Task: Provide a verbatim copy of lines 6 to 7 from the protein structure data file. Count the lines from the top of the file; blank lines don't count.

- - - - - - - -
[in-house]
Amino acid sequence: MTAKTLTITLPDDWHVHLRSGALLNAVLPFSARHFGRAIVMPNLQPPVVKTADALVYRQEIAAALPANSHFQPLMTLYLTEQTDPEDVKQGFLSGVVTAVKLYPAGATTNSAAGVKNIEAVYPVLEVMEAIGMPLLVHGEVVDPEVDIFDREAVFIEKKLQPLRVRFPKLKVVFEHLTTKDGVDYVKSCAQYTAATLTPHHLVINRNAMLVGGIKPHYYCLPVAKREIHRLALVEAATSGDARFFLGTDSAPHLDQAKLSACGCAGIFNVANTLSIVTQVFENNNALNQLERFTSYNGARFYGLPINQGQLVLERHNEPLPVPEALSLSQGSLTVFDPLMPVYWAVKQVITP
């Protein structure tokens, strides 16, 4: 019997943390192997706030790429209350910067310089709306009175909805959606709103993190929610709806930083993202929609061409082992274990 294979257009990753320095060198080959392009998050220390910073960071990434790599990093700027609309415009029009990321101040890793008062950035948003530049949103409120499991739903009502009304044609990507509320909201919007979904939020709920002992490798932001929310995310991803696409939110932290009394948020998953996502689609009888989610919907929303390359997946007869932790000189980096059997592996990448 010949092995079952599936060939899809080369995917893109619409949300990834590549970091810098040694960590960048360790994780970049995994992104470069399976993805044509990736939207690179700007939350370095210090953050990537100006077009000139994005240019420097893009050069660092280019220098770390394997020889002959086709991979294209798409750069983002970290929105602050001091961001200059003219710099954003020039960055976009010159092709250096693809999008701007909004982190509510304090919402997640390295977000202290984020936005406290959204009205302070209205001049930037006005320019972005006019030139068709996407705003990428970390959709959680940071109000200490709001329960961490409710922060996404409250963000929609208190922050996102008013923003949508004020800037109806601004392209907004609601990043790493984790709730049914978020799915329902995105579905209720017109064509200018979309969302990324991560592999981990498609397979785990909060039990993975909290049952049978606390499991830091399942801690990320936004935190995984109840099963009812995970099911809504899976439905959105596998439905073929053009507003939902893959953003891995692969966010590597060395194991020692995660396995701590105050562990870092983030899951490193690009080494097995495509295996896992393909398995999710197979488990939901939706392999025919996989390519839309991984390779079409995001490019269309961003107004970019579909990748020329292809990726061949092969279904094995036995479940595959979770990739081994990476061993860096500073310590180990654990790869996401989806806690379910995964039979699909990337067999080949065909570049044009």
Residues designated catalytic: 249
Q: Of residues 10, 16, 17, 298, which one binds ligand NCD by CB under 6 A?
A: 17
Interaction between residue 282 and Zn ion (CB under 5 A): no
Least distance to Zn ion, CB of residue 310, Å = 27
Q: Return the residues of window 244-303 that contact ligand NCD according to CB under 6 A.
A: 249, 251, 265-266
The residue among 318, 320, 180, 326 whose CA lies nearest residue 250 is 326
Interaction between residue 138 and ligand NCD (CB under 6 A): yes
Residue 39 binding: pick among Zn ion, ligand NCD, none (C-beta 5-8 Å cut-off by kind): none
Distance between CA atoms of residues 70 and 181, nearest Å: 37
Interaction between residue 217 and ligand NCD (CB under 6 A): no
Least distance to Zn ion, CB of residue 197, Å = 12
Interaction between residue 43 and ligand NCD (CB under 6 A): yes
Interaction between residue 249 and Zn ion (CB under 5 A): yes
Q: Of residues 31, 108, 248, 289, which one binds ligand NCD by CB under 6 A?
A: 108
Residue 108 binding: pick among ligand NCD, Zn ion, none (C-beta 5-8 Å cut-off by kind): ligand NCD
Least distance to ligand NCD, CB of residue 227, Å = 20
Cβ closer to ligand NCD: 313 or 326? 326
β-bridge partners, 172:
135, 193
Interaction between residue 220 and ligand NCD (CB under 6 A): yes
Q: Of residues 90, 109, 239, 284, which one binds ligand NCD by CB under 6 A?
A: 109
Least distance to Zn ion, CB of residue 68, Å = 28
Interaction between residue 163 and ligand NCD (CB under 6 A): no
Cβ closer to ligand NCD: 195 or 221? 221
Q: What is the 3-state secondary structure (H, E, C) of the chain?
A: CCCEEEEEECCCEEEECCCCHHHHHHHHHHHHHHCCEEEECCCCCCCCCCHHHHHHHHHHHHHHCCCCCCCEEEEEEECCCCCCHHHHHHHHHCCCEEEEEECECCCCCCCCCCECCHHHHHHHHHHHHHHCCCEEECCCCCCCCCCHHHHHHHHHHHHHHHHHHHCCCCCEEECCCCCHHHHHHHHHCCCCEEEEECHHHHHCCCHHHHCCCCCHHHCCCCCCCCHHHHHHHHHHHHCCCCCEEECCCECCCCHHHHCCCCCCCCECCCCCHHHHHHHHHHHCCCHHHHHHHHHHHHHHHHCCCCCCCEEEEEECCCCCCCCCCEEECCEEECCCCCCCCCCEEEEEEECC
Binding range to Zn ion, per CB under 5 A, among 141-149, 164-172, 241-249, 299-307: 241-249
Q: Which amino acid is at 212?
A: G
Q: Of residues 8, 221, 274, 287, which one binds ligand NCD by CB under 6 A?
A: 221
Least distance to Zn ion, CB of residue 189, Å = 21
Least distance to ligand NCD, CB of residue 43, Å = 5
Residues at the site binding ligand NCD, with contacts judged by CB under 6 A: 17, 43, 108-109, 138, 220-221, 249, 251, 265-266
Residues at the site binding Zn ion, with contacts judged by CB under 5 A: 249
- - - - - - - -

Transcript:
A: 17
Interaction between residue 282 and Zn ion (CB under 5 A): no